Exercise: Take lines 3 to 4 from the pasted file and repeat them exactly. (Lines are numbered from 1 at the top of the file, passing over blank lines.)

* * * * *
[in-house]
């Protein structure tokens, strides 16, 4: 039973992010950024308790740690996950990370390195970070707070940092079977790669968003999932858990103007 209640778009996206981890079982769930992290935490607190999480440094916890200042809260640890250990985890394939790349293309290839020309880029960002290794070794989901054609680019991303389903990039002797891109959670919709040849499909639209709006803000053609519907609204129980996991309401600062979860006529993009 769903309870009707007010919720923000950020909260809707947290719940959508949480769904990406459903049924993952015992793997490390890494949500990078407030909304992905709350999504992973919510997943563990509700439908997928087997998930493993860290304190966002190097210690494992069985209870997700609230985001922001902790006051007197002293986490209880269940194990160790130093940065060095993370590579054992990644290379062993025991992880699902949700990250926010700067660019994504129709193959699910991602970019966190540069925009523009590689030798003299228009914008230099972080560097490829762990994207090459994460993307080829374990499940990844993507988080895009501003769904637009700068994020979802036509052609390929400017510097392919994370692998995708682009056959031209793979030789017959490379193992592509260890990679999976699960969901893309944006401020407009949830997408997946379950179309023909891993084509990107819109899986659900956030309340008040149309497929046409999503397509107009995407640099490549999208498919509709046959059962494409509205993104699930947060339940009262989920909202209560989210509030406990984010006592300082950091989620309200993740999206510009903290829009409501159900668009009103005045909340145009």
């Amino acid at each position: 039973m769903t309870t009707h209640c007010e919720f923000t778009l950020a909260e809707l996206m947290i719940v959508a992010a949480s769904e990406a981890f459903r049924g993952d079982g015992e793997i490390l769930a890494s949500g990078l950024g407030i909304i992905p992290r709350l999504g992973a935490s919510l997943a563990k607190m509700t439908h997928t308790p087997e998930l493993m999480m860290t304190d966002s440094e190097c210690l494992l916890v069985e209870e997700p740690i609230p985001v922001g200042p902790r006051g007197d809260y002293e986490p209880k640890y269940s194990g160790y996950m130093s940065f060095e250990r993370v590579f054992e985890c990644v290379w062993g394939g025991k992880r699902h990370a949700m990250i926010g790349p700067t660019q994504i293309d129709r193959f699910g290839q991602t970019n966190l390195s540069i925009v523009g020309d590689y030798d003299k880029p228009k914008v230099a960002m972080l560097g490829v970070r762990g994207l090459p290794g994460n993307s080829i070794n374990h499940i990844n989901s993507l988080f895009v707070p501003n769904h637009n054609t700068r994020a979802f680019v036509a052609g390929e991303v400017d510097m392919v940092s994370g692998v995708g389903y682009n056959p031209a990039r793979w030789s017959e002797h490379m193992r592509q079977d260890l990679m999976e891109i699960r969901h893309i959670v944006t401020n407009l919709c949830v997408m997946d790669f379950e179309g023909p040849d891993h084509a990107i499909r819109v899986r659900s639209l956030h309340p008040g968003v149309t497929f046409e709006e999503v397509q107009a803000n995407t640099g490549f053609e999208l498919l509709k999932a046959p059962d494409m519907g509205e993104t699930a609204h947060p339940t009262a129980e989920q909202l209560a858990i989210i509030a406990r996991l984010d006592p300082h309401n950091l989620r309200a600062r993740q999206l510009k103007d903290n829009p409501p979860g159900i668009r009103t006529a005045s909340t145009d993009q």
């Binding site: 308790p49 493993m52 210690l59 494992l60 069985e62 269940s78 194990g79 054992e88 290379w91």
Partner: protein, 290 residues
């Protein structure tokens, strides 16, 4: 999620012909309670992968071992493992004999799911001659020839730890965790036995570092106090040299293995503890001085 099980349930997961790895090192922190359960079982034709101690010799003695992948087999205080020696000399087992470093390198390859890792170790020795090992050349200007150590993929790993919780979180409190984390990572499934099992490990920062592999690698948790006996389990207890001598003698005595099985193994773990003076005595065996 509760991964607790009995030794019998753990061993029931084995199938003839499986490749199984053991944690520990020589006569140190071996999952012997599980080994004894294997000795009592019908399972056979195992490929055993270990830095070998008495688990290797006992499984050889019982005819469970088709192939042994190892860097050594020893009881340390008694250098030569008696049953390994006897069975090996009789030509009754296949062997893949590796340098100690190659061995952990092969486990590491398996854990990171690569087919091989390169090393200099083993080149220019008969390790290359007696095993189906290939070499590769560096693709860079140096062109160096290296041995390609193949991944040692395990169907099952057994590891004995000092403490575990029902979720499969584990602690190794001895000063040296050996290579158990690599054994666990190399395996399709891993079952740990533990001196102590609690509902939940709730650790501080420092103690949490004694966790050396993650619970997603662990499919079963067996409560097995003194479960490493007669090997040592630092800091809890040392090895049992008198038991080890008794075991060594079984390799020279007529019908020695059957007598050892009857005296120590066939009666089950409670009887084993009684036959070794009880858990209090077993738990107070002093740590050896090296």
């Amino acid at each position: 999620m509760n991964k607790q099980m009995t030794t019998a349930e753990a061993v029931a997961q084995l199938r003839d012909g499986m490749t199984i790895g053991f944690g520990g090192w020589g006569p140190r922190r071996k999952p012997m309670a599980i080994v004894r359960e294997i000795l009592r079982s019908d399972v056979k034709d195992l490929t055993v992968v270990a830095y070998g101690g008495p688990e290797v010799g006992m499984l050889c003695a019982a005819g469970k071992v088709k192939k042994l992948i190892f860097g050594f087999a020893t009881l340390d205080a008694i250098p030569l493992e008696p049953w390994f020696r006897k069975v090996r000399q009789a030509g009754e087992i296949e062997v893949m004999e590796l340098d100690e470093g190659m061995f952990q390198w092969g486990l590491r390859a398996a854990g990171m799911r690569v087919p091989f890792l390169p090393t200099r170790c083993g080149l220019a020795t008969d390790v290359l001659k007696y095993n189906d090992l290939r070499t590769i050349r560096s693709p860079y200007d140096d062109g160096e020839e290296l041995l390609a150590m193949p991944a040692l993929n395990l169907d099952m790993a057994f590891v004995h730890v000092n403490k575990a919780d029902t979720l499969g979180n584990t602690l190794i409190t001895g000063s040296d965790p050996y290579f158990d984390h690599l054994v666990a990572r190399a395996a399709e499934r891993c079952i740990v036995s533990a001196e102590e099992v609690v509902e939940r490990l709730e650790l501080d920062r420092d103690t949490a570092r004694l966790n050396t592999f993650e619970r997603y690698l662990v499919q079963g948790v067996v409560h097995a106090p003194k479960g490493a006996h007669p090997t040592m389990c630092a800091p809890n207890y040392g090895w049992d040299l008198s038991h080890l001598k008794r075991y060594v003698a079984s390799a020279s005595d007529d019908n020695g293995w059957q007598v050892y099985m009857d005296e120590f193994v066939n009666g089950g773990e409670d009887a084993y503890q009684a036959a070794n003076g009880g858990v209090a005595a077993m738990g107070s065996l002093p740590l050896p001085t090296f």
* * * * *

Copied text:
């Amino acid at each position: 039973m769903t309870t009707h209640c007010e919720f923000t778009l950020a909260e809707l996206m947290i719940v959508a992010a949480s769904e990406a981890f459903r049924g993952d079982g015992e793997i490390l769930a890494s949500g990078l950024g407030i909304i992905p992290r709350l999504g992973a935490s919510l997943a563990k607190m509700t439908h997928t308790p087997e998930l493993m999480m860290t304190d966002s440094e190097c210690l494992l916890v069985e209870e997700p740690i609230p985001v922001g200042p902790r006051g007197d809260y002293e986490p209880k640890y269940s194990g160790y996950m130093s940065f060095e250990r993370v590579f054992e985890c990644v290379w062993g394939g025991k992880r699902h990370a949700m990250i926010g790349p700067t660019q994504i293309d129709r193959f699910g290839q991602t970019n966190l390195s540069i925009v523009g020309d590689y030798d003299k880029p228009k914008v230099a960002m972080l560097g490829v970070r762990g994207l090459p290794g994460n993307s080829i070794n374990h499940i990844n989901s993507l988080f895009v707070p501003n769904h637009n054609t700068r994020a979802f680019v036509a052609g390929e991303v400017d510097m392919v940092s994370g692998v995708g389903y682009n056959p031209a990039r793979w030789s017959e002797h490379m193992r592509q079977d260890l990679m999976e891109i699960r969901h893309i959670v944006t401020n407009l919709c949830v997408m997946d790669f379950e179309g023909p040849d891993h084509a990107i499909r819109v899986r659900s639209l956030h309340p008040g968003v149309t497929f046409e709006e999503v397509q107009a803000n995407t640099g490549f053609e999208l498919l509709k999932a046959p059962d494409m519907g509205e993104t699930a609204h947060p339940t009262a129980e989920q909202l209560a858990i989210i509030a406990r996991l984010d006592p300082h309401n950091l989620r309200a600062r993740q999206l510009k103007d903290n829009p409501p979860g159900i668009r009103t006529a005045s909340t145009d993009q």
């Binding site: 308790p49 493993m52 210690l59 494992l60 069985e62 269940s78 194990g79 054992e88 290379w91």